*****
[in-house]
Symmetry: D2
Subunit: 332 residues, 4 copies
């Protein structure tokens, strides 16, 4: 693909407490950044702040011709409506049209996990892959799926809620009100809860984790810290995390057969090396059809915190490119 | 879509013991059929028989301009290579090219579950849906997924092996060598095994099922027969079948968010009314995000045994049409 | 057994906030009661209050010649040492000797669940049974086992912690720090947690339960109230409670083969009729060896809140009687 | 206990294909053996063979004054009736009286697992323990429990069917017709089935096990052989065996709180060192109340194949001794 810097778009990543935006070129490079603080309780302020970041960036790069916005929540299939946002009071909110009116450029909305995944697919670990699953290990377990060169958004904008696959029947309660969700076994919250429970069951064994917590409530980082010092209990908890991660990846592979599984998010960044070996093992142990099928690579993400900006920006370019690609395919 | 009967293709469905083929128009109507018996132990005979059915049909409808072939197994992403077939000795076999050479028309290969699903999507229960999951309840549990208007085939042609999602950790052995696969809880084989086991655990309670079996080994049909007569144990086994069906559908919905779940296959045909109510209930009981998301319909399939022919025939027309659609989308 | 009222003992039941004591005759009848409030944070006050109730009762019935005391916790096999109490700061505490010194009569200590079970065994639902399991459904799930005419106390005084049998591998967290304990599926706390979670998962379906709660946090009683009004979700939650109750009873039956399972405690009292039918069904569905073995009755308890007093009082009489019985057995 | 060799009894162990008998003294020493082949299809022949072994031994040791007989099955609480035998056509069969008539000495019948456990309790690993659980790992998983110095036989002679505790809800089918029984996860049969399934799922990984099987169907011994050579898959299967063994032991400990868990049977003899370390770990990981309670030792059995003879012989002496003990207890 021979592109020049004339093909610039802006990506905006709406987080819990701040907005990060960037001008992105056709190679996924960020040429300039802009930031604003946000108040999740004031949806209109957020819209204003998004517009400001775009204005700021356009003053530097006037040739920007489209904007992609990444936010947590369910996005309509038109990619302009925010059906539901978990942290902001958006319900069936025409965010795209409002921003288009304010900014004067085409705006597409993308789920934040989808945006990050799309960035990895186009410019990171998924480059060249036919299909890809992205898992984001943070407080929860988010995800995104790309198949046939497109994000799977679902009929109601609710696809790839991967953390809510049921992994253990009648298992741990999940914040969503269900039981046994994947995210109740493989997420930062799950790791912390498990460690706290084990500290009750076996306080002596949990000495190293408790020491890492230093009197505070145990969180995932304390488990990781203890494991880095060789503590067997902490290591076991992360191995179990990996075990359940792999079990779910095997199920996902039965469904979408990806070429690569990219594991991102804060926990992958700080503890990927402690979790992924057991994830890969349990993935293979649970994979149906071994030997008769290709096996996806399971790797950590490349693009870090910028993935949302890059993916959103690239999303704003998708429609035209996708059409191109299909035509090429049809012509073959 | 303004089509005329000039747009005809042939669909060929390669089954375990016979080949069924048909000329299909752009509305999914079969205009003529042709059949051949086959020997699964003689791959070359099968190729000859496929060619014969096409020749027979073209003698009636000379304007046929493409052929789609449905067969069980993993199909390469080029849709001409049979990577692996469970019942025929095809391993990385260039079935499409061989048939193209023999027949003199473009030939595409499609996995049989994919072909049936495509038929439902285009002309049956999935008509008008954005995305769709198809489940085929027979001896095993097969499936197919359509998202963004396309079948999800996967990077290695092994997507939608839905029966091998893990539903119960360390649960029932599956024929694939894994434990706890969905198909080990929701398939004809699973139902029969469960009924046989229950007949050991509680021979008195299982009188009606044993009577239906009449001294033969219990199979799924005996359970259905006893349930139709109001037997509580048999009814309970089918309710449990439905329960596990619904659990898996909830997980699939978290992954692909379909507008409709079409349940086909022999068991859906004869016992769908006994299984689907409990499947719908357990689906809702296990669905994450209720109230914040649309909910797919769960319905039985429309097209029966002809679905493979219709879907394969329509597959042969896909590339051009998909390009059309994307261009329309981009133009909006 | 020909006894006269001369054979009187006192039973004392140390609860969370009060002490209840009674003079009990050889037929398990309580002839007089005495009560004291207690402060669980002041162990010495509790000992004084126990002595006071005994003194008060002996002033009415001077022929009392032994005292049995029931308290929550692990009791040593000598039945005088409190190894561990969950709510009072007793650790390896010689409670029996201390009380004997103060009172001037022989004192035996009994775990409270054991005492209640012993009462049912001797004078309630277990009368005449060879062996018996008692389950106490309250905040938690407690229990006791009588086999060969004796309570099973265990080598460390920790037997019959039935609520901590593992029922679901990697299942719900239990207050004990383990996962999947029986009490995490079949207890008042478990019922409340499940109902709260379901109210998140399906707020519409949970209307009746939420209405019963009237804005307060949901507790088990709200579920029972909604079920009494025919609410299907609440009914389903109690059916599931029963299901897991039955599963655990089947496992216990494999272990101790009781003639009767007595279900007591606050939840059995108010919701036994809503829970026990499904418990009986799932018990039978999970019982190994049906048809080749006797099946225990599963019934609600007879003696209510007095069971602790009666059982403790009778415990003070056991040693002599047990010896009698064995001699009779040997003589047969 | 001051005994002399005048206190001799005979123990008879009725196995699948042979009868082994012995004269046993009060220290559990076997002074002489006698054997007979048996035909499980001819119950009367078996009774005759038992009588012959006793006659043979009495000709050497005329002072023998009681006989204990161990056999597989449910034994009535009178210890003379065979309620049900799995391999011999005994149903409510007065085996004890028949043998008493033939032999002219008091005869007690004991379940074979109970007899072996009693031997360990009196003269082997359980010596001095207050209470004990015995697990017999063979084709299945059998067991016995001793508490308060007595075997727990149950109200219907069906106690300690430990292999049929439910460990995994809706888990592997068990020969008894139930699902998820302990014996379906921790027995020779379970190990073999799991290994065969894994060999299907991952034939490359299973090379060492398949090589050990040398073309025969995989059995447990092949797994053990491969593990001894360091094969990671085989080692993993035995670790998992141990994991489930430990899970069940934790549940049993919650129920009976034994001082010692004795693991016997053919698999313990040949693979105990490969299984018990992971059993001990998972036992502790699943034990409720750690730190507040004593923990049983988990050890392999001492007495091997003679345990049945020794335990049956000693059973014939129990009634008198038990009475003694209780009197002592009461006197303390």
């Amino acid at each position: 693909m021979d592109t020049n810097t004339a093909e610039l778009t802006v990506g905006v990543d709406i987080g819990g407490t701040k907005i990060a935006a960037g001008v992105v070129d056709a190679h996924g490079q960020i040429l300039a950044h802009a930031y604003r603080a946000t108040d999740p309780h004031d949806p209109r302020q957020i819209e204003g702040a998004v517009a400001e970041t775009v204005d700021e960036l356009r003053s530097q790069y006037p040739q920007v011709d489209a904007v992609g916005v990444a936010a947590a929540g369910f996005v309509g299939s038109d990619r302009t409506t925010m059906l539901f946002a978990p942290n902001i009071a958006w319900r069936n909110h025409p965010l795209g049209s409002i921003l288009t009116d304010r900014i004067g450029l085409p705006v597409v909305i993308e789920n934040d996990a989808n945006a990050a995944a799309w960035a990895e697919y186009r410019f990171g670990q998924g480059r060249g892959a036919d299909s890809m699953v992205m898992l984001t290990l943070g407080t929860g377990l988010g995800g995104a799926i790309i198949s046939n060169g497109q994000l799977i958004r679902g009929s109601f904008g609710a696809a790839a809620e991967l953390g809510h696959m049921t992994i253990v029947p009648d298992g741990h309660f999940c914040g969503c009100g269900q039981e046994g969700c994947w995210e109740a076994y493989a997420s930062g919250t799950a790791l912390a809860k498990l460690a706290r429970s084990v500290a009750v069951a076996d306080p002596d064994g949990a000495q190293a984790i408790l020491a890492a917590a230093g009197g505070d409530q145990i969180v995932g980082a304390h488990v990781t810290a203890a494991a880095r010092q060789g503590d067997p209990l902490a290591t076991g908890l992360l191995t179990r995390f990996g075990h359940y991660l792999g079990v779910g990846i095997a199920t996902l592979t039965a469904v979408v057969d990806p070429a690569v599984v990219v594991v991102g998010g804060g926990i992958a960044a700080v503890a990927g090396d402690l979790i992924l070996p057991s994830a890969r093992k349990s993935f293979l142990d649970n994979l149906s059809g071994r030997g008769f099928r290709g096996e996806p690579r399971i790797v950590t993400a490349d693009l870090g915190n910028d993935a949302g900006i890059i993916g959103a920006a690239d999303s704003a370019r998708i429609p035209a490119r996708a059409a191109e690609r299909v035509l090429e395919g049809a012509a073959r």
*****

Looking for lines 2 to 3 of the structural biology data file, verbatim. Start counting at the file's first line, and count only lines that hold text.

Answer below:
Symmetry: D2
Subunit: 332 residues, 4 copies